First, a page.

I just read an article about the Breakpoint 2007 demo-party that took place last April in Bingen on the Rhine river in Germany. Breakpoint is considered one of the biggest demoscene parties worldwide. This brought back memories of a time when I first started out with computers. Everything was so exciting. And the demoscene played a large role in the inspiration that made me pursue a career change, college and everything else that followed.
Back in Germany I never had a chance to attend any of the major demo events. Then I was busy with college, and then I moved to the US which increased the distance to the demoscene even further. I never understood why, but the demoscene doesn’t seem to be as big of a deal in the US compared to Germany or Europe. Is it because people invest more time in careers than hobbies?
For those who haven’t heard anything about demos and its subculture yet, here’s a brief history as I recall it:
It all started in the 80s with home computers like the Commodore 64 or Amiga, back when we used to share floppy disks and tapes with our favorite games. Software companies tried to prevent people from copying the games, but needless to say, this quickly turned into a challenge to find ways to crack the protection. Gamers started to form groups and tried to be the first to crack the game and proudly add a little signature to the cracked game before they shared it with their friends or on bbs systems. These intros grew to become ever more breathtaking with graphic effects, animations, great music - these intros would often be far more impressive than the game.
These little works of coding art attracted a lot of fans, and the demo-parties and competitions were born. I was a huge fan myself… it was these intros that inspired me to learn assembly language on the Commodore 64 when I was 14-16 years young.
The demoscene’s preferred platforms were C64 and Amiga computers for many years because they were much better equipped for sound, graphics and sprites than office PCs with monochrome displays.
Demos on the PC
This changed later when Soundblaster and especially the Gravis Ultrasound added superior sound to the PC platform. Sound and color, generally better graphics paved the way for games, and demos in the PC world.
One popular way to create music on PCs actually originated from the Amiga platform: The MOD sound format was a bit of a mix between midi-files and digitzed wave-audio samples. It allowed you to define short sound bites and play them as instruments in a tracker score table. These files were perfect for demo-soundtracks because they were almost as small as midi, but sounded as great as fully recorded audio files.
Every year, Future Crew and other demo groups presented their demos at international competitions like the Assembly in Finland, The Party in Denmark and other events around. The competitions took place in several disciplines: C64, Amiga or PC, music, graphics/art, 4k intros, 64k intros and larger sized demos.
The goal was and is simple: To push the limits and squeeze the most impressive results possible with the hardware available. While limits may not be as much in the hardware anymore, it’s the file-size that can be set as a limit. But even today, any platform, even calculators or overhead projectors can be made into a demo platform.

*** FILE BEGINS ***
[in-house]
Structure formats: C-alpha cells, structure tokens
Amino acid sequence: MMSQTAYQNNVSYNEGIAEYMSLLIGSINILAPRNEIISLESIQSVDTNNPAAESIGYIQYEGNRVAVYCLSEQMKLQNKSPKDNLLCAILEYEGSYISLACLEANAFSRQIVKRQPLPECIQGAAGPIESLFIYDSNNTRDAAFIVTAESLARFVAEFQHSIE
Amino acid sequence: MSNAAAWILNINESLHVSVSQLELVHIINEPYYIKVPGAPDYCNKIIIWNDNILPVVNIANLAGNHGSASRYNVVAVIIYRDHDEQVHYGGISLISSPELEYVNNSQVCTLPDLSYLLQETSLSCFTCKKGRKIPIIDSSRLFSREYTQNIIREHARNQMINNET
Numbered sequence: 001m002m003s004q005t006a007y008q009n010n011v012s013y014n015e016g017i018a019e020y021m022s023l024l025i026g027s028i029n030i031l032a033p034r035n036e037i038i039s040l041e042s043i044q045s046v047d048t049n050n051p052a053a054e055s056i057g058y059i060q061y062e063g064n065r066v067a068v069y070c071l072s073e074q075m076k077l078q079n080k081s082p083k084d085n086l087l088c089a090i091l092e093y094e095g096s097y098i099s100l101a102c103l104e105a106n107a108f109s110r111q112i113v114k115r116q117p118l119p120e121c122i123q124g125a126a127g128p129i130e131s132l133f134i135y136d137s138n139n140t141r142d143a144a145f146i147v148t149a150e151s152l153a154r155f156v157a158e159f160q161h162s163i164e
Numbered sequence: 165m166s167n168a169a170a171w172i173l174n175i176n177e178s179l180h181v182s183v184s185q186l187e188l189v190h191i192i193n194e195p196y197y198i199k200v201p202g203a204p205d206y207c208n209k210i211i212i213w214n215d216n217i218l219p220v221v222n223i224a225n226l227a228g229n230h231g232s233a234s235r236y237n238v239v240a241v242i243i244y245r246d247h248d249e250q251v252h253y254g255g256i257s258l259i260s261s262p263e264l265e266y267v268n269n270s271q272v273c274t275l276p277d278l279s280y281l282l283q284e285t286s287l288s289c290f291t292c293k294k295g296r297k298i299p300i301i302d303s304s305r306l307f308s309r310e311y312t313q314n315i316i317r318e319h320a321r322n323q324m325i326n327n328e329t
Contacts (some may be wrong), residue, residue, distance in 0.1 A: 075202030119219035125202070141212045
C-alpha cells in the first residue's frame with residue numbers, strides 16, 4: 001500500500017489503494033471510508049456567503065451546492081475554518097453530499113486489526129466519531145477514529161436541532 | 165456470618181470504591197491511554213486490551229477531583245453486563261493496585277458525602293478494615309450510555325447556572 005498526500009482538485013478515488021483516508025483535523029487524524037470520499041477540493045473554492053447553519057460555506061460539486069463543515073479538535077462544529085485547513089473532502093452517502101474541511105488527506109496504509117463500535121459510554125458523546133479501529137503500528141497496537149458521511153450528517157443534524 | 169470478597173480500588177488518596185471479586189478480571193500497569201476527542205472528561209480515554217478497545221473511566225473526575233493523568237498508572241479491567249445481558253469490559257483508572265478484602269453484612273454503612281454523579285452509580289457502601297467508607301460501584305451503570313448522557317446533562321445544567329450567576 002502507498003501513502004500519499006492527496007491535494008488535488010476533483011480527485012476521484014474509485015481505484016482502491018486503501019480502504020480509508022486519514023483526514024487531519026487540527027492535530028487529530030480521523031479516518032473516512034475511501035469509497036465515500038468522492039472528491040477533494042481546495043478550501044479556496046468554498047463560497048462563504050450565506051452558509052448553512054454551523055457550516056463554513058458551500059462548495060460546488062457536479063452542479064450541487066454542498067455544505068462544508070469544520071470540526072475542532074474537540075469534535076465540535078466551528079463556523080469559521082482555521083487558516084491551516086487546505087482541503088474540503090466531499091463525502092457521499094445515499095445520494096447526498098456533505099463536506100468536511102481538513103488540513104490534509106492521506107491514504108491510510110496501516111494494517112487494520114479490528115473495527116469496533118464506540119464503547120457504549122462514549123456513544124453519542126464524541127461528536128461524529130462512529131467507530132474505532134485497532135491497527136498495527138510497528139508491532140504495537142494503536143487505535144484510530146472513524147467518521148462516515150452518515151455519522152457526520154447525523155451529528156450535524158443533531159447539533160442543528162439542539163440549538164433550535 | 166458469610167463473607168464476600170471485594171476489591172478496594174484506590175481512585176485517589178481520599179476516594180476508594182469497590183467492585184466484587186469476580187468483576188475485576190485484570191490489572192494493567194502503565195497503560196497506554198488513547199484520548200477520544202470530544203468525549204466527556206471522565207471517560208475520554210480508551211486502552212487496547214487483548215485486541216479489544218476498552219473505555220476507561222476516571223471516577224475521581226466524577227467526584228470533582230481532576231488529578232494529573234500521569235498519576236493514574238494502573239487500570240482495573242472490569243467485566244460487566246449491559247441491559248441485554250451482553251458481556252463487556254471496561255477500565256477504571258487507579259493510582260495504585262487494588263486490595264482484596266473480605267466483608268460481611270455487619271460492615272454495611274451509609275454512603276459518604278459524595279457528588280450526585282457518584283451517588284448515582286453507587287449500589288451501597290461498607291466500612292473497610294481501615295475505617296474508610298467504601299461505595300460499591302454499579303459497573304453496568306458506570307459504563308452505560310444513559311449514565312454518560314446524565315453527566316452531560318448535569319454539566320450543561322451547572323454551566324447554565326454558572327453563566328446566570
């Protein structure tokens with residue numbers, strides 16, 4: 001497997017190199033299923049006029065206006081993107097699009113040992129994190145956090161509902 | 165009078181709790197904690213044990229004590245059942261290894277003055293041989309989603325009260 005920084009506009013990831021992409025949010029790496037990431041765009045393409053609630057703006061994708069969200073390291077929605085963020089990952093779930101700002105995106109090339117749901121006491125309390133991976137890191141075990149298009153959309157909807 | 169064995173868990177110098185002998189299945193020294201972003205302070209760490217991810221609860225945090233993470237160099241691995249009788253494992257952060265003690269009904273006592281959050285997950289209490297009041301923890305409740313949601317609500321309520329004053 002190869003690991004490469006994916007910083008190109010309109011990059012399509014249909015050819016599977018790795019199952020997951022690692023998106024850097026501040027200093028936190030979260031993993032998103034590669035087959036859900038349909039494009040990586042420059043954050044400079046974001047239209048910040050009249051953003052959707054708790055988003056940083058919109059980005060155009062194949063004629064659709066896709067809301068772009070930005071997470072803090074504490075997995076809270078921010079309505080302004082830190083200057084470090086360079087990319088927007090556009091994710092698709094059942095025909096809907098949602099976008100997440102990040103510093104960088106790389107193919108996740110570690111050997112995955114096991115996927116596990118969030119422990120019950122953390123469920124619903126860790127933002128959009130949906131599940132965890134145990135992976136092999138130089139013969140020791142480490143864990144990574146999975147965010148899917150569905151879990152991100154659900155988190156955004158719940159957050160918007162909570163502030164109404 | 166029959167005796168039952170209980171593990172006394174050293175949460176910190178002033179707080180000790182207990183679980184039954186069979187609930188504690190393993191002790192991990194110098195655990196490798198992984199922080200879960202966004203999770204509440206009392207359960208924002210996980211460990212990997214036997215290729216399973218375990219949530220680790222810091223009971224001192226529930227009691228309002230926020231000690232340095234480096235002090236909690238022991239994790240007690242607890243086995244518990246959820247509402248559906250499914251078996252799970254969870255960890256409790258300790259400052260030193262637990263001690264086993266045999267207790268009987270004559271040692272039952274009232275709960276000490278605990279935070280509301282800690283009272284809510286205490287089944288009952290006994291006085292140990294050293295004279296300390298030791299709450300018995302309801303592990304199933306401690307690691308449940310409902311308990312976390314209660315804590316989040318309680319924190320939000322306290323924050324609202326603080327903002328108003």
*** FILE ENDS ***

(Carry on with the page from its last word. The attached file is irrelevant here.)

Why, and what are Demos anyway?
Second: Real-time computer graphics. The visual effects, calculated on the fly, are stunning and fast. I admire the degree of control, and deep understanding of motion, lighting, perspective - the skill and the applied math to create something that not only is small, but also rendered fast, and beautiful. I love computer graphics, so it’s not a surprise demos speak to me.
Third: A wonderful collaboration and artistic mix of coding skill, algorithms, mathematics, physics, graphics, art, story, cinematography, choreography, lights, music, sound effects - where the best of the best meet up to create the best to showcase what’s possible.
I may not be in touch with the scene anymore, but I still find them super-exciting and inspiring.
Demos are still very much alive and not just a thing of the 80s and 90s. When I saw what the groups are capable of nowadays I’m all in awe and inspired again!
It’s ironic that that the Breakpoint takes place not too far from my hometown, but of course I’m living many flight hours away from it.
Anyway, here are a few examples of what sceners are capable of nowadays:
What you get to see and hear for only 177 kilobyte is just unbelievable. It doesn’t surprise me it made the first place in the pc-demo category. The camera work including the hand-camera effects are beautiful, the scenery and animation very well done. I really liked the sound, too. There are just a few minor things that I felt offered room for improvement, but hey, it’s only 177k! It’s smaller than this blog-post!
This is much larger than debris above, but not any less impressive. It is an extremely beautiful demo with a great score that reminded me a bit of Porcupine Tree. I loved the aesthetics, animation and play with lights and curves, all very fluent and harmonic. Brilliant!
I love the vintage and organic look, feel and sound of this demo. It was a bit of a Boards of Canada experience. Very nice!
I saved the best for last and humbly bow before The Prophecy…I cannot believe that this demo is really only 64k! Armageddon filmed in 65,024 bytes? It is pure magic. How did they do it? I have done a bit of programming in the past, in two or three dimensions, with audio, in different languages, but this exceeds my wildest imagination. Landscapes, objects, buildings, music, animation, choreography, special effects, textures, credits…all this coded into a single file of 64k? I really would love to see a “making-of”. Check out the screenshots or watch the video clip below, or even better: download and start the intro. The live-demos look much better than youtube or google-videos.